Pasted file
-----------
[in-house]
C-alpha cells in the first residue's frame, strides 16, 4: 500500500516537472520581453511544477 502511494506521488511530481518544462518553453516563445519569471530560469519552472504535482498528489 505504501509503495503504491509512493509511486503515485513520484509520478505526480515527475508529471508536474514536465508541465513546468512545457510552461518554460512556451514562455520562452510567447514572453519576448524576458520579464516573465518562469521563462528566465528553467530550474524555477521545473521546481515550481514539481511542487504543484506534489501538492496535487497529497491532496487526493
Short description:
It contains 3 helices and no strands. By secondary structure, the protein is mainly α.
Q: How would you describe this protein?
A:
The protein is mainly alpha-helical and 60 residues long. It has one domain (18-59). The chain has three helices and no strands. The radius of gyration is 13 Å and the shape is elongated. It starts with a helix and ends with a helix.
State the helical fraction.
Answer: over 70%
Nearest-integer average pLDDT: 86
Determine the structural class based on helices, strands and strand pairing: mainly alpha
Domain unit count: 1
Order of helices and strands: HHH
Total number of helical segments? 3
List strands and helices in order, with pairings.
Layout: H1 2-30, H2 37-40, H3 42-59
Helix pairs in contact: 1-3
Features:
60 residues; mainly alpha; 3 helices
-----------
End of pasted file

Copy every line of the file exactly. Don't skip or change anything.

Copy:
[in-house]
C-alpha cells in the first residue's frame, strides 16, 4: 500500500516537472520581453511544477 502511494506521488511530481518544462518553453516563445519569471530560469519552472504535482498528489 505504501509503495503504491509512493509511486503515485513520484509520478505526480515527475508529471508536474514536465508541465513546468512545457510552461518554460512556451514562455520562452510567447514572453519576448524576458520579464516573465518562469521563462528566465528553467530550474524555477521545473521546481515550481514539481511542487504543484506534489501538492496535487497529497491532496487526493
Short description:
It contains 3 helices and no strands. By secondary structure, the protein is mainly α.
Q: How would you describe this protein?
A:
The protein is mainly alpha-helical and 60 residues long. It has one domain (18-59). The chain has three helices and no strands. The radius of gyration is 13 Å and the shape is elongated. It starts with a helix and ends with a helix.
State the helical fraction.
Answer: over 70%
Nearest-integer average pLDDT: 86
Determine the structural class based on helices, strands and strand pairing: mainly alpha
Domain unit count: 1
Order of helices and strands: HHH
Total number of helical segments? 3
List strands and helices in order, with pairings.
Layout: H1 2-30, H2 37-40, H3 42-59
Helix pairs in contact: 1-3
Features:
60 residues; mainly alpha; 3 helices